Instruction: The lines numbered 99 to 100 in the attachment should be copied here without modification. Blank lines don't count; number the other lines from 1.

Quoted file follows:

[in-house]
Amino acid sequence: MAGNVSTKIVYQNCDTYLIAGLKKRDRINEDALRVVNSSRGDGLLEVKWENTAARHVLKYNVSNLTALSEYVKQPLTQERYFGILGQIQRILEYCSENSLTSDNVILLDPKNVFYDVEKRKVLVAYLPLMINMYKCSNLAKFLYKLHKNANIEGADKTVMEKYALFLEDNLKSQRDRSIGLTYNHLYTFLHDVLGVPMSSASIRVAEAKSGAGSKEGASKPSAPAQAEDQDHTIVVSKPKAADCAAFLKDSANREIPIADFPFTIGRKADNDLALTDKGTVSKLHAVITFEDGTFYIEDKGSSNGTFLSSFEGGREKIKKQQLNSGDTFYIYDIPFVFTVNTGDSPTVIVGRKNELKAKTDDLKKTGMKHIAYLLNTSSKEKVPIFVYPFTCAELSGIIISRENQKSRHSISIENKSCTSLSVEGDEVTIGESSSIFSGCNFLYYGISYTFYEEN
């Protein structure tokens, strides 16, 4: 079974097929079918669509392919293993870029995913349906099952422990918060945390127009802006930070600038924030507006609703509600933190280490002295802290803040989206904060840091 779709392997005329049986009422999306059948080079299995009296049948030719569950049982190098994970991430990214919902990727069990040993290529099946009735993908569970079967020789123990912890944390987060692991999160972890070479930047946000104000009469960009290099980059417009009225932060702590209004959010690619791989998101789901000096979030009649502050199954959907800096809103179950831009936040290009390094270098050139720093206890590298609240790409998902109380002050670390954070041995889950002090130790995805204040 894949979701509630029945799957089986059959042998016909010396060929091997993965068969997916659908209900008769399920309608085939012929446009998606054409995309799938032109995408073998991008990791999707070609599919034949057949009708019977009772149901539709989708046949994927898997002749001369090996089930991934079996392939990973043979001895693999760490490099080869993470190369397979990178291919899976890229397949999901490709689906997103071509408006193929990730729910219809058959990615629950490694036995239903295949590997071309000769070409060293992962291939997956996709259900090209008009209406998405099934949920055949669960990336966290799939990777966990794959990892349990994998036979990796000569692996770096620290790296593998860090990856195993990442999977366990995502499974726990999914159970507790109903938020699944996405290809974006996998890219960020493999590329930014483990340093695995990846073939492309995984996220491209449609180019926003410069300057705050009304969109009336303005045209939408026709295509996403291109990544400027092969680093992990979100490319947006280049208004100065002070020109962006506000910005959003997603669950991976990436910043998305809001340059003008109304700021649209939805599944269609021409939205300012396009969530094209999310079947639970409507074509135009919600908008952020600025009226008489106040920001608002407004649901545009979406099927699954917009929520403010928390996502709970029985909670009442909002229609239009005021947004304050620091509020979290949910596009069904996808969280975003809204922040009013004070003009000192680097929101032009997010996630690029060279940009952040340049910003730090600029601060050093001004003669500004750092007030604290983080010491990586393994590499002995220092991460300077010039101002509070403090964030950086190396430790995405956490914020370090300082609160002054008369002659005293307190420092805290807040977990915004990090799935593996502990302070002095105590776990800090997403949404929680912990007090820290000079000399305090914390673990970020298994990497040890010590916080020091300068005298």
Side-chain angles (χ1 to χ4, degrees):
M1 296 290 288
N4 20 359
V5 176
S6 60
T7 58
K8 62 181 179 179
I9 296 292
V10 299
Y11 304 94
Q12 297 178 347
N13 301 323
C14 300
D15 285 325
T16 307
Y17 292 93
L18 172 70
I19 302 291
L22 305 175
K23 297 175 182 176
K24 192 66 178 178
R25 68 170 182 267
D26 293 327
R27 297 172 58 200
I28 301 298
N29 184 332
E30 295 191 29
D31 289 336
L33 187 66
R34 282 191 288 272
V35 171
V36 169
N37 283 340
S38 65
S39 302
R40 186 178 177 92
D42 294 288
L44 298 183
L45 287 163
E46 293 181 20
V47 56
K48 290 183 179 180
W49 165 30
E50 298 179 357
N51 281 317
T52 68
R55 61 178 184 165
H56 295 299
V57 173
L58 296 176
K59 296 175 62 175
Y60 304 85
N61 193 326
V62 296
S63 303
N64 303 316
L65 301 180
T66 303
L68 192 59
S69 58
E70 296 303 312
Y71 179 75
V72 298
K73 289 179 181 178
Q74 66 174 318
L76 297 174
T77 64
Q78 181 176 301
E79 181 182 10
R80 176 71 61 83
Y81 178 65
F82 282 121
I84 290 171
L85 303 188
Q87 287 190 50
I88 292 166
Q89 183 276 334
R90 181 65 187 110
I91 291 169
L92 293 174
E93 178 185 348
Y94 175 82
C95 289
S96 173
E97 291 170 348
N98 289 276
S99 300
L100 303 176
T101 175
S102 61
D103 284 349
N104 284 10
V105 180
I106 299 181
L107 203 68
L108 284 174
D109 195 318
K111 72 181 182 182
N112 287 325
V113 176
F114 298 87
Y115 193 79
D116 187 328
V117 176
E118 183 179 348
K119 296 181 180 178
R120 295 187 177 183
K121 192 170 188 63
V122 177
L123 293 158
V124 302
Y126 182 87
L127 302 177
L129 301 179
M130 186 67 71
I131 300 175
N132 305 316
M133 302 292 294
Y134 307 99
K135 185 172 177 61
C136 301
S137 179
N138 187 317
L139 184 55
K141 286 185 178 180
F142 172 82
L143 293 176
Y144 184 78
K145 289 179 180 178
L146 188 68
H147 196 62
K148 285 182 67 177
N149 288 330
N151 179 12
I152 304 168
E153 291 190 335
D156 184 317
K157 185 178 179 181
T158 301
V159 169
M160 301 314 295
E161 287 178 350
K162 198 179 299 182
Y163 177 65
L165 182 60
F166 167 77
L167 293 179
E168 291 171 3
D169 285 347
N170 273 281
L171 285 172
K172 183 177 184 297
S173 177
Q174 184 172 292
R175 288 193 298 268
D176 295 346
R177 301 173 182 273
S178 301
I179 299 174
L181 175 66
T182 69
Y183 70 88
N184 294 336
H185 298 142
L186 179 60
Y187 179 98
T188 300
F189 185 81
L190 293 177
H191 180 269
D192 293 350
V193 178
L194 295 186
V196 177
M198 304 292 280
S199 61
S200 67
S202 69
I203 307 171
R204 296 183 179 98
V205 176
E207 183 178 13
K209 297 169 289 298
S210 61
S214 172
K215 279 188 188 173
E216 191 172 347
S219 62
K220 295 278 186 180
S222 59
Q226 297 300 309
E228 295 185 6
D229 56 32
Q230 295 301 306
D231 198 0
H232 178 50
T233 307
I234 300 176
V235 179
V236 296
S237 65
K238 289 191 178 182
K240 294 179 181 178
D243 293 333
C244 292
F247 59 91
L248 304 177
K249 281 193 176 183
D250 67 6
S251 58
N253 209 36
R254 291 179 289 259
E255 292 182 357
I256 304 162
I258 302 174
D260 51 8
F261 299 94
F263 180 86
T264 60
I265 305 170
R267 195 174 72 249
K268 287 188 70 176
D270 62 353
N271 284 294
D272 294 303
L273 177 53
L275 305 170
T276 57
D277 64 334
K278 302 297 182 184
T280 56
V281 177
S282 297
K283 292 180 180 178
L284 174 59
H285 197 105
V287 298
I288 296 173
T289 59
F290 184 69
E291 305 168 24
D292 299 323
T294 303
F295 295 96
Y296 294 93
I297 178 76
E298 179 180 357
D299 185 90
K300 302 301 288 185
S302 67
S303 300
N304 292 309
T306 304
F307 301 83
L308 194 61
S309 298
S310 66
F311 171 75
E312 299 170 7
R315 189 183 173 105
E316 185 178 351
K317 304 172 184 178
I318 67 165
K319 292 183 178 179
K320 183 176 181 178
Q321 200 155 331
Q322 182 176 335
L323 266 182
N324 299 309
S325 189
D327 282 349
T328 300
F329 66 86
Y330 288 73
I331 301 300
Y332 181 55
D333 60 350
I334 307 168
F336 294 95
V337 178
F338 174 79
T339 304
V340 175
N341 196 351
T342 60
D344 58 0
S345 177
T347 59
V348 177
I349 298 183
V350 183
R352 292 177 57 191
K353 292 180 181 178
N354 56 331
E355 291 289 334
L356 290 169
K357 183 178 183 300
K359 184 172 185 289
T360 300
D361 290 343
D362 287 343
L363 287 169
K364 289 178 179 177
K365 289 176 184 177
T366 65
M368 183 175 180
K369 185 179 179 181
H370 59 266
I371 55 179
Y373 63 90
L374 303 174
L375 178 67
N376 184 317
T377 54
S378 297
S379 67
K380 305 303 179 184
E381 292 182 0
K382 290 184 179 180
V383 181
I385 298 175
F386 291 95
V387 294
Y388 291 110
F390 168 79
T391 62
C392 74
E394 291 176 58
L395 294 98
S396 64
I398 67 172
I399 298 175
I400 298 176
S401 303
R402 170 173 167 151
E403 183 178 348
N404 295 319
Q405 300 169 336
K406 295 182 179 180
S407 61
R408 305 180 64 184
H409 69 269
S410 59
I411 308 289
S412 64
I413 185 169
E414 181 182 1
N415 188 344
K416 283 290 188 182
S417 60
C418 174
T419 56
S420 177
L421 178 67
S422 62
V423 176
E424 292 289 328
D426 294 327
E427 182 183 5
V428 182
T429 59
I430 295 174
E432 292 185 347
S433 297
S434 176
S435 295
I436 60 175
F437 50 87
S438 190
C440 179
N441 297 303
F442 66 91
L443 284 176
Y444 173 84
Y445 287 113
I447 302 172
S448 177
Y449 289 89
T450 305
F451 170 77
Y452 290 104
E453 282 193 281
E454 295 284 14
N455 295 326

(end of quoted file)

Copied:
L108 284 174
D109 195 318